YakAngler.com Length Record Rules
Click here for the Length Record Form
All fish entered for Length Records must be measured by kayak anglers at the site of capture and released so that it swims away on their own and in good condition (unless the fish is considered to be invasive and the angler is required to remove the fish from the environment). Fish should be revived by moving it forward in the water to ensure a healthy release.
All YakAngler rules and equipment regulations stipulated for fishing with conventional and fly tackle in fresh and saltwater shall apply with the exceptions below. All angling and equipment regulations shall apply until the fish is measured and released alive.
A. GAFFS & NETS
B. MEASURING DEVICE
1. All fish must be measured using a commercially available measuring device like the YakAngler.com Hawg Trough. For fish over 30 inches in length will be judged on an individual basis, please try to use a tape measure or the side of your kayak so we can accurately judge the size.
The following acts will disqualify a catch:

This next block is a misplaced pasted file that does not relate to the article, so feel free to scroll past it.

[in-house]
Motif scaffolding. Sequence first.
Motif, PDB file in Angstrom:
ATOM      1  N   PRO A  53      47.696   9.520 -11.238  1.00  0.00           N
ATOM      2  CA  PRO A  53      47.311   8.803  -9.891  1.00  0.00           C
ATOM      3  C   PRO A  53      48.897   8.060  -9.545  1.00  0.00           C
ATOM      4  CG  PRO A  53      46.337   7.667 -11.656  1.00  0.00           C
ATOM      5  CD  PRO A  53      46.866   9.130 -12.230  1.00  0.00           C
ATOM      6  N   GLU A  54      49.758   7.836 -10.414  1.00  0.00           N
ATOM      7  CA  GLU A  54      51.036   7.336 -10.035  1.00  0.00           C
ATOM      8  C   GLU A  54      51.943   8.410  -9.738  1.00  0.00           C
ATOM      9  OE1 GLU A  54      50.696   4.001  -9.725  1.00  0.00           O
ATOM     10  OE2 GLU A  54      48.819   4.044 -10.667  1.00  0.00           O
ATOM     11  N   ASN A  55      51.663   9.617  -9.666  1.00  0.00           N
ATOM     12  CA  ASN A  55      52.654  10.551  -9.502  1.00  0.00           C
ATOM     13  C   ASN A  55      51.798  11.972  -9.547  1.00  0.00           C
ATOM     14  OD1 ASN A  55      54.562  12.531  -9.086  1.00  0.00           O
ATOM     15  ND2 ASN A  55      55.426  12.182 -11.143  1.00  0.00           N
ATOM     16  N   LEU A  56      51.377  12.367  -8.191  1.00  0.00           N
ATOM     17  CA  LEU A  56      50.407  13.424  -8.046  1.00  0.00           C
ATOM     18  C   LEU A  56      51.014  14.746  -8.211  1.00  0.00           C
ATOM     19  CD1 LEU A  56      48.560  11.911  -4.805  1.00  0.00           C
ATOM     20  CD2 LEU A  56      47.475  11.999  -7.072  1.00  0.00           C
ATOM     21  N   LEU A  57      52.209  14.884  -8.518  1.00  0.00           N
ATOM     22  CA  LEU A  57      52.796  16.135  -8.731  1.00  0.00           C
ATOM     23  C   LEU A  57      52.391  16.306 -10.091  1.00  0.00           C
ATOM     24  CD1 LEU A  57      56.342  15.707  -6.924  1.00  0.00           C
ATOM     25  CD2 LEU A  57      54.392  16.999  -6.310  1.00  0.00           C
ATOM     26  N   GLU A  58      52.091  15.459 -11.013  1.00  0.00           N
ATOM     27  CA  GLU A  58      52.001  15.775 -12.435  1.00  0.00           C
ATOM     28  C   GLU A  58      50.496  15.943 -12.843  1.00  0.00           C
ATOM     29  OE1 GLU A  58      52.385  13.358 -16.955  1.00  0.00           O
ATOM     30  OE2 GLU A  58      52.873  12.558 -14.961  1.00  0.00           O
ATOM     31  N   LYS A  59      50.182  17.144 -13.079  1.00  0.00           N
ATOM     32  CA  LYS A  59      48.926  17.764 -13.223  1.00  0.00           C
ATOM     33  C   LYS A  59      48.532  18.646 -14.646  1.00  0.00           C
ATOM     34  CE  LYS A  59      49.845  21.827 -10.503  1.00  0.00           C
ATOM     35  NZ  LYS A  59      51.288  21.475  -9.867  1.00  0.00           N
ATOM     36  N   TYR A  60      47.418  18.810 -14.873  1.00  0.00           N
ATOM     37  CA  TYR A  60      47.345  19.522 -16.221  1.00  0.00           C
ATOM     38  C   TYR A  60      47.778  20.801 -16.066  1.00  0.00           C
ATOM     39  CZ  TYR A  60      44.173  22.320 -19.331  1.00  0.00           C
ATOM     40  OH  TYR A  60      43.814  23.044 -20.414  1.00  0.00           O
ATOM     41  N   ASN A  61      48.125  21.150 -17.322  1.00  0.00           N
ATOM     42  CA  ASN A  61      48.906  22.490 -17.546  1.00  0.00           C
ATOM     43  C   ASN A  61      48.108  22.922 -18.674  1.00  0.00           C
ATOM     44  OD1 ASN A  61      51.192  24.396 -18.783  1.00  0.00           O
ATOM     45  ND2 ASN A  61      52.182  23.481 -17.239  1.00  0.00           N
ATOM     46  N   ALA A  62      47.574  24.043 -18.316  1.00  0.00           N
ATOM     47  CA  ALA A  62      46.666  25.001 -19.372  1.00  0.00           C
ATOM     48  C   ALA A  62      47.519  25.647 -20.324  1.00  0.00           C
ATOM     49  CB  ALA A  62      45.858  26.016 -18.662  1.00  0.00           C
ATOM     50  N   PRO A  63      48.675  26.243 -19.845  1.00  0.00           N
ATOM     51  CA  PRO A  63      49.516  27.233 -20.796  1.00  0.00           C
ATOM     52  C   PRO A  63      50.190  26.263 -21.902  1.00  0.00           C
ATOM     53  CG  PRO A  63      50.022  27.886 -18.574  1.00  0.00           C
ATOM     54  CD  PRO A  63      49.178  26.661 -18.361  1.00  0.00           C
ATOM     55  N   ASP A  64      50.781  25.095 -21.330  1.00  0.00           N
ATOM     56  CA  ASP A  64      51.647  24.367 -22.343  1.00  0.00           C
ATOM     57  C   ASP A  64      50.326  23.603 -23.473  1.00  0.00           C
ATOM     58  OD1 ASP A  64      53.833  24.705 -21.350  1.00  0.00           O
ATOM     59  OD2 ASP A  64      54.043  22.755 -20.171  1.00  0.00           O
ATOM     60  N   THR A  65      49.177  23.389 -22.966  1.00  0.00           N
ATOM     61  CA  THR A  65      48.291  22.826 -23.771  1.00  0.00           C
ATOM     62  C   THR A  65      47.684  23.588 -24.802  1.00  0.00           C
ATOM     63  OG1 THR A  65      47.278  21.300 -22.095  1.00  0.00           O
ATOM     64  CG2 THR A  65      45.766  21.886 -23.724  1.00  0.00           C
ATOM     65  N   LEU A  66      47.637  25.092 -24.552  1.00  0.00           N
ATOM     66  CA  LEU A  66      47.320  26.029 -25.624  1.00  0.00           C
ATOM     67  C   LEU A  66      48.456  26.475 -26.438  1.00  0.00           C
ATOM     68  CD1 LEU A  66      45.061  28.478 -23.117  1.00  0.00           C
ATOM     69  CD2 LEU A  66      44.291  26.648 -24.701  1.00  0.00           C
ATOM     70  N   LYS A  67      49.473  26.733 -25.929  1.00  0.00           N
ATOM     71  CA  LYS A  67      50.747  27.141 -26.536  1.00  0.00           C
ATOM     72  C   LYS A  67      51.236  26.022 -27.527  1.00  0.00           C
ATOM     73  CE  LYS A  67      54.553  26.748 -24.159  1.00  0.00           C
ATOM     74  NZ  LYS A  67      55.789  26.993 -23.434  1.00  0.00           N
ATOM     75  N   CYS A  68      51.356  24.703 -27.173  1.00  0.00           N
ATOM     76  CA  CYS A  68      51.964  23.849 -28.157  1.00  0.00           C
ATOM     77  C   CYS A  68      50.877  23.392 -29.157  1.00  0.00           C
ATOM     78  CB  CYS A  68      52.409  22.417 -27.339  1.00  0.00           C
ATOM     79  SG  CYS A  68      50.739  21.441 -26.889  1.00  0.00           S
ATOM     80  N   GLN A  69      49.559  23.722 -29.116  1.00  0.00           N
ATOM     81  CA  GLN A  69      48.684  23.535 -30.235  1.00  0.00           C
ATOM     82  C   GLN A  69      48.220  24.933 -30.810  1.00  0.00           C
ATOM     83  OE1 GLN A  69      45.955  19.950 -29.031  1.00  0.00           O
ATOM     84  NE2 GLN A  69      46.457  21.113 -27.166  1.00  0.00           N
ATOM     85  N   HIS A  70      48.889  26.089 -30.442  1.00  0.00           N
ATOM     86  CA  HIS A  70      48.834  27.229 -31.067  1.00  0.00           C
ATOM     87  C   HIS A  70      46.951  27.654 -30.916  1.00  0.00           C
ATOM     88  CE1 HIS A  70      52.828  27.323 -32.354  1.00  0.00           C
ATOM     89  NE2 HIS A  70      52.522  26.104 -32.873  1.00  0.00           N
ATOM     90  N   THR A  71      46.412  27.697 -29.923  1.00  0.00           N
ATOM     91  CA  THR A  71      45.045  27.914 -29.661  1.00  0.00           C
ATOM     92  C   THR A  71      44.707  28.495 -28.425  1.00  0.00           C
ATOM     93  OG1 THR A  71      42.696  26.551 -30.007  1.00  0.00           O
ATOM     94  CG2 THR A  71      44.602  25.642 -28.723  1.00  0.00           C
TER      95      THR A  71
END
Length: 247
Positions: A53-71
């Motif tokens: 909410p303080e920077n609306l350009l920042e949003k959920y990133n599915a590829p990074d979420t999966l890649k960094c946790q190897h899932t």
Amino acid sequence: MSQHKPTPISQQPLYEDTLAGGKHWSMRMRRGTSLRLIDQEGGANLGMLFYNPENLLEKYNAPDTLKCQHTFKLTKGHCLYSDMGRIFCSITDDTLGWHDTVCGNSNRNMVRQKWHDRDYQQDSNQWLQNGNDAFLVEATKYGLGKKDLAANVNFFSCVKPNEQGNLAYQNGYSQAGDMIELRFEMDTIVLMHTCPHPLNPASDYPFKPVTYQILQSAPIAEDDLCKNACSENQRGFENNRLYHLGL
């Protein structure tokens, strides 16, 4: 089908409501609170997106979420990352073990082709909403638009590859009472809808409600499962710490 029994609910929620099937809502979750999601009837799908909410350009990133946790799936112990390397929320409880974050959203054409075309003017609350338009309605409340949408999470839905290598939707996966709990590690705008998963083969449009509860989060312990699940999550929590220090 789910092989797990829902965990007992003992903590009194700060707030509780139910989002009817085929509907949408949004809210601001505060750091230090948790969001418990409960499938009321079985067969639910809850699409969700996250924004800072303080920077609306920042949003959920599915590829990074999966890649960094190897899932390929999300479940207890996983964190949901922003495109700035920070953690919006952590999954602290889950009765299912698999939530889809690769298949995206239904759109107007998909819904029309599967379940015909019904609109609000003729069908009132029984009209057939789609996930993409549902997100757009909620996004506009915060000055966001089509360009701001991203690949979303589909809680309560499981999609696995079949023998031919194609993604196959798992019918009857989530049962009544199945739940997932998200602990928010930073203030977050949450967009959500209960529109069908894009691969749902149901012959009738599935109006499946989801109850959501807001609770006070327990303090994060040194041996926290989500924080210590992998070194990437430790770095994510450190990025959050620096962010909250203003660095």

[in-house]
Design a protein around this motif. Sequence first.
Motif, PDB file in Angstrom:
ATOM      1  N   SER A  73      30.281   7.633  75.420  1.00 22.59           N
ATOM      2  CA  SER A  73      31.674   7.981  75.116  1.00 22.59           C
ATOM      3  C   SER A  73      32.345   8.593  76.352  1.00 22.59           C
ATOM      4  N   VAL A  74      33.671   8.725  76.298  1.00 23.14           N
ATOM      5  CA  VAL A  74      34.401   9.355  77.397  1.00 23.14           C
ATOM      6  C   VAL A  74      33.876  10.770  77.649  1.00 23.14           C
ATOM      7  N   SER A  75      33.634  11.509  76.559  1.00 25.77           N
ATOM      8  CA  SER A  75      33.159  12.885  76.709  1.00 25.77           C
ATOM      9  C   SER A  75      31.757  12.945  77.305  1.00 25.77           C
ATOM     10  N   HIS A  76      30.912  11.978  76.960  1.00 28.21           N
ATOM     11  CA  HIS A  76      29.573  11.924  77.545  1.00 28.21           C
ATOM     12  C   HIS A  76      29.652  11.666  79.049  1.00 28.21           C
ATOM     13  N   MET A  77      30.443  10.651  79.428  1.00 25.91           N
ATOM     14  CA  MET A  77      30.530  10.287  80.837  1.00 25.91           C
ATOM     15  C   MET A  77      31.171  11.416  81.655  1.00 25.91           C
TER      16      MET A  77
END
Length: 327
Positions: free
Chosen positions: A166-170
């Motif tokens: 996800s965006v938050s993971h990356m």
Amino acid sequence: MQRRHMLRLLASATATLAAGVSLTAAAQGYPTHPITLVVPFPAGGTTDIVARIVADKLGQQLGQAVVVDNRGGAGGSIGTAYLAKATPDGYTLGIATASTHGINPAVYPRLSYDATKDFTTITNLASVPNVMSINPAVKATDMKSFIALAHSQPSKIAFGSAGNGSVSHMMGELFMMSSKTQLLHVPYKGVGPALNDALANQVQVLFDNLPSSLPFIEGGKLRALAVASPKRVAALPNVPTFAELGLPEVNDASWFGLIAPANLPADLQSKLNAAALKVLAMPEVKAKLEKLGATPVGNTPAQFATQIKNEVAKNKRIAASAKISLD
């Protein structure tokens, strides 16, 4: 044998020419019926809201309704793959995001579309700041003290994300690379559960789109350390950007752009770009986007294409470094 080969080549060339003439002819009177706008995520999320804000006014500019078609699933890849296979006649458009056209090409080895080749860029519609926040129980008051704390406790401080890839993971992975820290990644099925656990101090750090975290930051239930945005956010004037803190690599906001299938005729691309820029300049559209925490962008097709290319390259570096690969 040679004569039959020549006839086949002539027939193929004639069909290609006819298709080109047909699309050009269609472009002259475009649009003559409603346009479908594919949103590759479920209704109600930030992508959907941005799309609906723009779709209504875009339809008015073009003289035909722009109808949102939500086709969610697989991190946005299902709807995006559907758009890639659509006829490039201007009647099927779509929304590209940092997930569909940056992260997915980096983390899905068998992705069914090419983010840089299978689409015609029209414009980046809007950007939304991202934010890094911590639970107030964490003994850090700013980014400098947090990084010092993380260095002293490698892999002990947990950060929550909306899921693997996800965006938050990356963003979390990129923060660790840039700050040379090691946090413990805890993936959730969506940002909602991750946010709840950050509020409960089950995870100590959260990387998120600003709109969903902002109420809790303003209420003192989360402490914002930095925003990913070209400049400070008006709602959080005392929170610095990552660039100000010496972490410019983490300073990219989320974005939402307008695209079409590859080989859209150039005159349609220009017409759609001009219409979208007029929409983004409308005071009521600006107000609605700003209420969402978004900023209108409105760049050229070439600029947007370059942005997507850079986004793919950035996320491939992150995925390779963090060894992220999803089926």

Length Record Requirements
A. MEASURING REQUIREMENTS
B. MINIMUM LENGTH REQUIREMENTS NEEDED TO DEFEAT OR TIE EXISTING RECORDS
C. PHOTOGRAPHIC REQUIREMENTS
Photographs uploaded with applications must contain the following information.
General Best Handling Practices
To remove your fish from the water to document it for record purposes, anglers should use either hands or a knotless, rubberized landing net to minimize slime and scale loss. Lip gripping devices may be used to help subdue fish. However, large fish should not be hoisted vertically out of the water, as this can cause damage to jaw muscle and bone as well as to internal organs. The best method for removing fish from the water by hand is to grip the fish or the lower jaw and support the fish’s underside. Again, the point is always to hold fish horizontally and not vertically.
YakAngler records require pictures, measurement of the catch. All of this takes time, so you should have the necessary equipment ready before landing the fish. If the documentation process takes longer than several minutes, periodically place the fish back in the water or place in a live well to allow it to breath.
Considerable time and care should be exercised when releasing fish. Fish should be placed in the water and held by the base of the tail. If the fish is does not swim away from your grasp on its own, gently move it forward in the water to get water flowing over the gills. For best results, move the fish in the forward direction only instead of back in forth. A fish’s gills somewhat resemble the pages of a book and are designed for water flow in only one direction. Moving the fish in a slow circle or gently towing it behind the boat will accomplish this.